HealthIT & mHealth: How does the patient typically interact with the SelfEcho app?

Habra: Throughout the day and based on geographical movements, the user is prompted to answer questions, with a frequency from one to ten times a day. The questions are always customized around the client. The client will get a notification that says “Time for a SelfEcho check-in”. The client can either dismiss the notification or complete the check-in.   It takes about a minute to do a full check-in, which consists of a few questions followed by a Facebook-like status update of what you are doing, where you are and who you are with. The system knows your most common locations, most popular activities, most common people you interact with in order to allow for rapid input. This allows the clinician to experience all of details of the check-ins in very meaningful psychological terms.

HealthIT & mHealth: What type of data does the Self Echo app collect on the patient?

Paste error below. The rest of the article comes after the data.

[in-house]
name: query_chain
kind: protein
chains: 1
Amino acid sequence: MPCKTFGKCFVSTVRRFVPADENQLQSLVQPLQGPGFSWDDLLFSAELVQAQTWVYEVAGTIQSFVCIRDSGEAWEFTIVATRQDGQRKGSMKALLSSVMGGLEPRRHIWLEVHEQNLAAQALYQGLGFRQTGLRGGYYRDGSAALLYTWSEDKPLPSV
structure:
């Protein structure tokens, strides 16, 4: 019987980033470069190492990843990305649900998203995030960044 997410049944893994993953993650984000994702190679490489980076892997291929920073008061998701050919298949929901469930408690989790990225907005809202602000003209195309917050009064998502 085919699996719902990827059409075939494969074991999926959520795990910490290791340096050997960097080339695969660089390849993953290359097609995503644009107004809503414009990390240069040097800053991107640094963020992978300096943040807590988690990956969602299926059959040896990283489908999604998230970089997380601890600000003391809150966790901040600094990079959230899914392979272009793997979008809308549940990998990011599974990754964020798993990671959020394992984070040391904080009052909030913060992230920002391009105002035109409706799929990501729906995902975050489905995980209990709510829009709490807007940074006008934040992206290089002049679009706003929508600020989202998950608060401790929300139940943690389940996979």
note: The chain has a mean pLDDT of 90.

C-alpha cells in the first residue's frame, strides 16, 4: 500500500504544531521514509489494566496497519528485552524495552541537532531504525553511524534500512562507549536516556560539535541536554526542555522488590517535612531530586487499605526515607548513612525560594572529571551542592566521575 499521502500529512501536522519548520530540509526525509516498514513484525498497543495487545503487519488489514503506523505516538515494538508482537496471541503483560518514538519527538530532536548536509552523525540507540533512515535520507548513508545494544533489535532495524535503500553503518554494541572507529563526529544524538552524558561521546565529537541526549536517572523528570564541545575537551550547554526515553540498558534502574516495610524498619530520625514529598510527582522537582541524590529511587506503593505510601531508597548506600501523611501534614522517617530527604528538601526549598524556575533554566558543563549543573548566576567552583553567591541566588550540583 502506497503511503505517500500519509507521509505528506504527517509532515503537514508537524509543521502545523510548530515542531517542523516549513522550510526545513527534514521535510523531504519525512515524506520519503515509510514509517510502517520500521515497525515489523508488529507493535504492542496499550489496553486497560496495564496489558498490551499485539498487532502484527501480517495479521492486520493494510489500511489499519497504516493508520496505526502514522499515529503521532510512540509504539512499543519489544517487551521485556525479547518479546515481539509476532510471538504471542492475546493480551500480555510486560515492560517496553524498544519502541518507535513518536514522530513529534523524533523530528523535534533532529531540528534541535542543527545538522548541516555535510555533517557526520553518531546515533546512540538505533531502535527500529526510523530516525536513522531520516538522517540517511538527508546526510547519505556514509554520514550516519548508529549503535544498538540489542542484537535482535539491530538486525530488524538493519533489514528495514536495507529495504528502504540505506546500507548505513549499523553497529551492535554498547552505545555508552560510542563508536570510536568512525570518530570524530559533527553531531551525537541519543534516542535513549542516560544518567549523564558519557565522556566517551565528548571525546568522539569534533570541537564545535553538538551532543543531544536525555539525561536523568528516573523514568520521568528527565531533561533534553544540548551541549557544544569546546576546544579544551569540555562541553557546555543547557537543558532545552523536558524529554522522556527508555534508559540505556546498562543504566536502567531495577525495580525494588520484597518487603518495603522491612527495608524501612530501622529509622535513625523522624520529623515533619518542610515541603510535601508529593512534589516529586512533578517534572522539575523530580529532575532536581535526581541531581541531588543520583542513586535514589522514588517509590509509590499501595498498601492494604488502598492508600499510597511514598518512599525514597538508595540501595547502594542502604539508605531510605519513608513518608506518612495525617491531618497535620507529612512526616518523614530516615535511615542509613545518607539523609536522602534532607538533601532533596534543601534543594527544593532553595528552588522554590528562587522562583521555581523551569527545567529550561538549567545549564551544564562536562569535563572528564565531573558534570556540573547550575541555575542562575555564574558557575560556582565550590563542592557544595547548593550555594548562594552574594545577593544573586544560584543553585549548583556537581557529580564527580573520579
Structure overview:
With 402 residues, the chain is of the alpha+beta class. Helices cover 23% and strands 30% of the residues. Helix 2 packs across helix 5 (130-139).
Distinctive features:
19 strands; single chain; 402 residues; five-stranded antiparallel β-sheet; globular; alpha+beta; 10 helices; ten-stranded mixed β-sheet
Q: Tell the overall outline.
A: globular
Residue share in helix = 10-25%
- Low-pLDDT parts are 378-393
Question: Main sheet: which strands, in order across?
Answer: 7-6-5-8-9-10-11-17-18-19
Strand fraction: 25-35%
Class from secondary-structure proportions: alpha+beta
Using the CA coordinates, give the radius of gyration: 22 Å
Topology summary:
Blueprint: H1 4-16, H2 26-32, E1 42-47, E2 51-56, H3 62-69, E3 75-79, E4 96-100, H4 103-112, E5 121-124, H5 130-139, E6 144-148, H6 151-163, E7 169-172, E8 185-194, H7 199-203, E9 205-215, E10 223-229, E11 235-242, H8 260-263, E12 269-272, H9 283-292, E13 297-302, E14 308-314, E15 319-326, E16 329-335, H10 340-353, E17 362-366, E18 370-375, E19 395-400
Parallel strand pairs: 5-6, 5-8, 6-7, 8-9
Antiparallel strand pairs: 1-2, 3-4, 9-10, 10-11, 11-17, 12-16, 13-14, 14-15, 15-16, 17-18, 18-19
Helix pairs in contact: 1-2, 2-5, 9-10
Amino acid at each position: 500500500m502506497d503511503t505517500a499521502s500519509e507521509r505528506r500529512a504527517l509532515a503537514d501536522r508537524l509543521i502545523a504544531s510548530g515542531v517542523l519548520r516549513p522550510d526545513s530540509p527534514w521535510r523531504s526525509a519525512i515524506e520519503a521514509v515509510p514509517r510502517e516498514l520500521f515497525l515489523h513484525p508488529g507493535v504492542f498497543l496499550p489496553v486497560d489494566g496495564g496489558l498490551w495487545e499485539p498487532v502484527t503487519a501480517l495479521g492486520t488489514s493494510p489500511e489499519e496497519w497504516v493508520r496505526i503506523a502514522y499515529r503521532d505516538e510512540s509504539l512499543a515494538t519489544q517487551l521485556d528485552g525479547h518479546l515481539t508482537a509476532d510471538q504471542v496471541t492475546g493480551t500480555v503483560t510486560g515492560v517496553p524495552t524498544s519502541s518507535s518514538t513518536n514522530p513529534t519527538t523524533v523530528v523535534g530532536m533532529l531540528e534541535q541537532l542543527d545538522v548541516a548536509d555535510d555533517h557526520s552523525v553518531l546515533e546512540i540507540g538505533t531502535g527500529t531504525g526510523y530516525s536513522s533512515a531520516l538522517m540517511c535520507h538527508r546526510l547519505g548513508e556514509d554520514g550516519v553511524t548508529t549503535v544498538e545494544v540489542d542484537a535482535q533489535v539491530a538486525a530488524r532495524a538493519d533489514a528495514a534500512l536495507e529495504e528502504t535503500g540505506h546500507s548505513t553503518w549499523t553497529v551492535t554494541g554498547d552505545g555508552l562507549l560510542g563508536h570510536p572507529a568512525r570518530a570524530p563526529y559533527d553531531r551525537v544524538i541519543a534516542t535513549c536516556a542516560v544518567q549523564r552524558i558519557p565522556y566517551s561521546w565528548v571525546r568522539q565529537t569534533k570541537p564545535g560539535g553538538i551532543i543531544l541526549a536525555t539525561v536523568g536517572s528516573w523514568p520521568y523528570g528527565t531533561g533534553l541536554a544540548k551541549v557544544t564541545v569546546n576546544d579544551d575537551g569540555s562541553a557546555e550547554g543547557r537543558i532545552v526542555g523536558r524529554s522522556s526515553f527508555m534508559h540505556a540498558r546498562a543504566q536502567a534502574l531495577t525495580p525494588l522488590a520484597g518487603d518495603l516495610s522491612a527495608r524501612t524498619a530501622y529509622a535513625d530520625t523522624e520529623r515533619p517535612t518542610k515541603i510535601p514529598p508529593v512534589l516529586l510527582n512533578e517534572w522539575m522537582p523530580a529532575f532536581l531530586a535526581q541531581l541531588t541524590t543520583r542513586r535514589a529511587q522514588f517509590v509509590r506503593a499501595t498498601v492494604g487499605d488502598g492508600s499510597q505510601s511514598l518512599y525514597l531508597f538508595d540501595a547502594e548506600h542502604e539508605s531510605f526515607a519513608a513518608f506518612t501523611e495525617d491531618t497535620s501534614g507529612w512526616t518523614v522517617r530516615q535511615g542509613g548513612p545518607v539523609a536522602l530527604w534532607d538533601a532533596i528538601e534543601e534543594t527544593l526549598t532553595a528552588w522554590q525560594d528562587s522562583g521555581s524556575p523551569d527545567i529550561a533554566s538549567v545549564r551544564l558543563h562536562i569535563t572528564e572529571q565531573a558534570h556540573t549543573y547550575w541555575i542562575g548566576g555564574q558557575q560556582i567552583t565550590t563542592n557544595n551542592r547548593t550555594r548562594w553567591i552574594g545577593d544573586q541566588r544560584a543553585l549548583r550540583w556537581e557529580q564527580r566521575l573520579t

Habra: Sixty percent of the data we are tracking is active data provided by the individual through momentary experience sampling surveys and about forty percent is passive data, that does not require end-user input. Linguistic analysis provides data to the Mobile Therapy system passively. SelfEcho is the only company in America that has a license to the LIWC System system out of the University of Texas in the field of psychotherapy.   The LIWC system allows the app to extract emotional sentiment based on the words that patients use in emails or social media broadcasts. Our software analyzes the text and provides a score around things like positivity, negativity, social connectedness, and authenticity. It’s important to note that the Mobile Therapy platform in no way reads emails and no emails are downloaded. The LIWC system only numerically scores the content.